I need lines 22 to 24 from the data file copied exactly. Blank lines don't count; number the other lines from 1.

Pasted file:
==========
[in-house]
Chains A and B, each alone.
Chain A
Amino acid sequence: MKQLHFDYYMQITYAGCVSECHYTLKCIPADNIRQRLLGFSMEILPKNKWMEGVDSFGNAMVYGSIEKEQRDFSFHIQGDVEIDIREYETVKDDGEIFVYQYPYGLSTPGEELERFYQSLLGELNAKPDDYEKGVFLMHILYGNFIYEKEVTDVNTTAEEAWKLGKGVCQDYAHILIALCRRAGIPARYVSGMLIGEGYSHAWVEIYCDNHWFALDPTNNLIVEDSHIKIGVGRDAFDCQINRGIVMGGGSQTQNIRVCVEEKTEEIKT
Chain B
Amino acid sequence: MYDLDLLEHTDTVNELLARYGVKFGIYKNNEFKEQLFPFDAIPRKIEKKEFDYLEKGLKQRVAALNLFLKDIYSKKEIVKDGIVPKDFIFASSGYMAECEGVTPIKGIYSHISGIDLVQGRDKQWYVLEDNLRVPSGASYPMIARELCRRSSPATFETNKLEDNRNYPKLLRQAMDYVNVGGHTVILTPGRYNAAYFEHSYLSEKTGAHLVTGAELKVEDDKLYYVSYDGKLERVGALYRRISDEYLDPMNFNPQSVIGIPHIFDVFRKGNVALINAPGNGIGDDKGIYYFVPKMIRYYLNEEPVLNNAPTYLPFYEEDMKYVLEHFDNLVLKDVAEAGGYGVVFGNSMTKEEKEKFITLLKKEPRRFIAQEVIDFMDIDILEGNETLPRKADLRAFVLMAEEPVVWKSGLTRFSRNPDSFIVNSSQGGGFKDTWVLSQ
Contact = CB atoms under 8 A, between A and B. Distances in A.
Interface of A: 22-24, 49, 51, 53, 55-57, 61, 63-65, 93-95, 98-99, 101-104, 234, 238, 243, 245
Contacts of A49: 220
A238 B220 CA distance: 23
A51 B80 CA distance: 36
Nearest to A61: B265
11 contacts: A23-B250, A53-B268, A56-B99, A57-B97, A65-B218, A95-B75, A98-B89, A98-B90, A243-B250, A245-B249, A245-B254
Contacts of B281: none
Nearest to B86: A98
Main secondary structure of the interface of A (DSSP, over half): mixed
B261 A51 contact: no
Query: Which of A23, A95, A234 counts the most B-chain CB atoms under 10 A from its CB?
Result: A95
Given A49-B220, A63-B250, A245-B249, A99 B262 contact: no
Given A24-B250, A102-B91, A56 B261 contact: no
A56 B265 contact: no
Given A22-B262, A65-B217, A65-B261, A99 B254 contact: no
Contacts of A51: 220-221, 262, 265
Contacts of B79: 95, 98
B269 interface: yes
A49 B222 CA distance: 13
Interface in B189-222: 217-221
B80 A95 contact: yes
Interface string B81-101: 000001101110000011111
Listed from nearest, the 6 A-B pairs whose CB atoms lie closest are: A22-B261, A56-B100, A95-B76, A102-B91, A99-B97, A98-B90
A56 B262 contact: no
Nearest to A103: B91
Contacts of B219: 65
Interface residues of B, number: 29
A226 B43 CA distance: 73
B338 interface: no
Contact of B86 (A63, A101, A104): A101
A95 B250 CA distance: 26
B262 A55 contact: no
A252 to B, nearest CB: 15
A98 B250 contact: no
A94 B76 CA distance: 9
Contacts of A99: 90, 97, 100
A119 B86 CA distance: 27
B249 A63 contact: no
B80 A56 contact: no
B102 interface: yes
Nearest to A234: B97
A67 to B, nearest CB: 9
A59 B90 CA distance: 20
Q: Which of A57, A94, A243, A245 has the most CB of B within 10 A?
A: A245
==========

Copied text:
A56 B265 contact: no
Given A22-B262, A65-B217, A65-B261, A99 B254 contact: no
Contacts of A51: 220-221, 262, 265